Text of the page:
Challenging Sprint Retrospectives

An essential question in the use of Scrum seems to be “How can we make our Retrospectives more fun?“.

i-wonderIt makes me wonder. It makes me wonder about the value of engagement, human energy and bottom-up inspiration. It makes me wonder because Done Increments are at the heart of the empiricism and the agility of Scrum.

If Scrum was to be reduced to one purpose, and one purpose only, that is the creation of a Done Increment in a Sprint.

So few teams are able to actually deliver releasable versions of product, Sprint after Sprint after Sprint. And certainly when delivering product with multiple teams.

Understanding that Scrum Masters are all about helping teams and organizations understanding and enacting Scrum, following might be a great way to start your next Sprint Retrospectives:

  • Scrum Master: “Have we delivered a Done, releasable version of product this Sprint?”
  • Team: “No.”
  • Scrum Master: “What can we do about that?”

How is that to kick off a professionally challenging and fun Sprint Retrospective? How is that to initiate a deep reflection on improvements that will help teams and the organization get more out of employing Scrum? How is that as a start for some fun experiments in the next Sprint?

Committed, connected and engaged people might consider:

  • Increased effectiveness through collaboration, autonomy & self-organization
  • Skills & knowledge sharing (training, communities)
  • Engineering practices & standards
  • Infrastructure, tooling & automation
  • Quality standards & guidelines
  • Removal of Impediments
  • Elimination of low value (requirements, projects)

I wish you fierce, focused and purposeful Sprint Retrospectives. It’ll be seriously fun. Fun and purpose go hand in hand.

2 thoughts on “Challenging Sprint Retrospectives

  1. Frederik Vannieuwenhuyse

    Reblogged this on Technology Unplugged. and commented:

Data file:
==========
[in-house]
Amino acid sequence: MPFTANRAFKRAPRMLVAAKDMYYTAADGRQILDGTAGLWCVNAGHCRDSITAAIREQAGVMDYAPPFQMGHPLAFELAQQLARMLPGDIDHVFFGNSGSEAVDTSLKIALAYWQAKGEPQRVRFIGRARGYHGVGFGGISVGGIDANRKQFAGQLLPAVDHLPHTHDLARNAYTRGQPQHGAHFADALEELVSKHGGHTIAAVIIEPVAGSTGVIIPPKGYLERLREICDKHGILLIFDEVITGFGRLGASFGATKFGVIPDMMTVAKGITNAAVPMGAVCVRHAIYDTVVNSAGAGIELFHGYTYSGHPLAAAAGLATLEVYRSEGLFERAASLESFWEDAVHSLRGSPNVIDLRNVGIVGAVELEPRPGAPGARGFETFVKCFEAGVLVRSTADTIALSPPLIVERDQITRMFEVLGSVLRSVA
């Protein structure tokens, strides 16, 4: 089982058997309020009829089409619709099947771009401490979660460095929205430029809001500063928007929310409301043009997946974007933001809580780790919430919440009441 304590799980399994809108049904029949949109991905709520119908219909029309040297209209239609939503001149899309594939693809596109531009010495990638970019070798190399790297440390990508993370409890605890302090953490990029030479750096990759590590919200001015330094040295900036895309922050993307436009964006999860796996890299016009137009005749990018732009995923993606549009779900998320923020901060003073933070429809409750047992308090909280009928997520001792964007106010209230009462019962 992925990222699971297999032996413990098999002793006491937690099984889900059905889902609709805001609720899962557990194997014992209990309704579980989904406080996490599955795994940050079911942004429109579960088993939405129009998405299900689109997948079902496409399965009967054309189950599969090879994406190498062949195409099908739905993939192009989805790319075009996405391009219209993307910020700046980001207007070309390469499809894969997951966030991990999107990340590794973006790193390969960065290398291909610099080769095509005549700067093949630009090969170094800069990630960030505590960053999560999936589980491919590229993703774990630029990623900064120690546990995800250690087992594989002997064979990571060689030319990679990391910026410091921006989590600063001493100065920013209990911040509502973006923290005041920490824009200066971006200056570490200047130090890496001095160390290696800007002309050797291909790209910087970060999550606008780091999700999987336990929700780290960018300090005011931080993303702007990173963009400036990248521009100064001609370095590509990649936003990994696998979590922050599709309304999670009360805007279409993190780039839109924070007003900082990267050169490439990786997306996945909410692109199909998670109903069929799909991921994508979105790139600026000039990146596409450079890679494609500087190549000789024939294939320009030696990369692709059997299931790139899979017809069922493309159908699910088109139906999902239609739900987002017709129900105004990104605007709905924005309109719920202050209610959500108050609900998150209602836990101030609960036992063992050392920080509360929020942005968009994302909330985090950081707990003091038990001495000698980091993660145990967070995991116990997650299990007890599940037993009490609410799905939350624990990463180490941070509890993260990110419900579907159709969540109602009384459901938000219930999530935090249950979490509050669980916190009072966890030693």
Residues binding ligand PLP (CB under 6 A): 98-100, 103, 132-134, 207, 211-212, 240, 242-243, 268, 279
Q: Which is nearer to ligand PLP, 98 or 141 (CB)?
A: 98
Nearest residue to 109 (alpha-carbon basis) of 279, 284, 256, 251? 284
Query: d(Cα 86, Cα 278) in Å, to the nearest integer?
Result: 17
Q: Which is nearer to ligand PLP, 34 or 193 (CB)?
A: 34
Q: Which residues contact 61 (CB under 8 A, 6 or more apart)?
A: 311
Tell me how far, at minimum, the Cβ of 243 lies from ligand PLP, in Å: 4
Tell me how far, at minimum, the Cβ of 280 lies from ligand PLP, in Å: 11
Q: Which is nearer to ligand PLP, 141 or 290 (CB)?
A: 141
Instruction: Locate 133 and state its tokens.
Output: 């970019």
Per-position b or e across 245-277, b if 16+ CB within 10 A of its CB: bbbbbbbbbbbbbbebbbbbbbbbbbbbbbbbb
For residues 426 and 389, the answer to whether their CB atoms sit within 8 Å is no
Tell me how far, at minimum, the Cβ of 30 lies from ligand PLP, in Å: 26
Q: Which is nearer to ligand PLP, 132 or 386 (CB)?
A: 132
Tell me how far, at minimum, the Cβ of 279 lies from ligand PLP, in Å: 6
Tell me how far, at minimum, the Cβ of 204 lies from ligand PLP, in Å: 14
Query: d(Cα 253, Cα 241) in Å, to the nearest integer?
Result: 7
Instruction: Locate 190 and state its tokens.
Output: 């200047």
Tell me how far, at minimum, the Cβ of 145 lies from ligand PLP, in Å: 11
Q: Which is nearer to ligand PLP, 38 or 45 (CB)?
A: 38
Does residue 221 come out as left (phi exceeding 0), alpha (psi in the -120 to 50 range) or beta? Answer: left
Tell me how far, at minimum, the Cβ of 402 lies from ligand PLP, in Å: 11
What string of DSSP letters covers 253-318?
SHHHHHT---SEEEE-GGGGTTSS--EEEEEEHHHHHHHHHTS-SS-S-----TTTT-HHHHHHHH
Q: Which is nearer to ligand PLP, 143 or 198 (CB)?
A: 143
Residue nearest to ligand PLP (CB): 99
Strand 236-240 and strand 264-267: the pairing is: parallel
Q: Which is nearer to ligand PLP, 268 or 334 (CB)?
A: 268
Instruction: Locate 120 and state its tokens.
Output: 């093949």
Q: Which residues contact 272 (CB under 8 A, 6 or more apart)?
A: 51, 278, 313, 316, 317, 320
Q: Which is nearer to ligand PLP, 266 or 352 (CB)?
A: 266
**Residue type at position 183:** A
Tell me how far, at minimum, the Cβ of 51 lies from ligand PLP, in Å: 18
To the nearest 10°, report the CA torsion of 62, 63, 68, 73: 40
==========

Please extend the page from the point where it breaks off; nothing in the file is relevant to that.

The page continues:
For the readers: A reference for organising retrospectives is the book “Agile Retrospective”,by Esther Derby & Diana Larsen. They describe the main steps of an agile retrospective.

    The prime directive of retrospectives has been formulated by Norman Kerth in his book “Project Retrospectives: A Handbook for Team Reviews”.

    You can find online all kinds and sorts of formats (games) for retrospectives; I’ve found back a description of a ‘base’ agile retrospective (http://agileforall.com/the-real-baseline-agile-retrospective-format/ ), and I’d like to recommend this to anyone. It focuses on what went well, what could better, and next on identifying and committing to action points for improvement. What are your thoughts about retrospective facilitation techniques?

  2. Frederik Vannieuwenhuyse

    For the readers: A reference for organising retrospectives is the book “Agile Retrospective”,by Esther Derby & Diana Larsen. They describe the main steps of an agile retrospective.

    The prime directive of retrospectives has been formulated by Norman Kerth in his book “Project Retrospectives: A Handbook for Team Reviews”.

    You can find online all kinds and sorts of formats (games) for retrospectives; I’ve found back a description of a ‘base’ agile retrospective (http://agileforall.com/the-real-baseline-agile-retrospective-format/ ), and I’d like to recommend this to anyone. It focuses on what went well, what could better, and next on identifying and committing to action points for improvement. What are your thoughts a about retrospective facilitation techniques?

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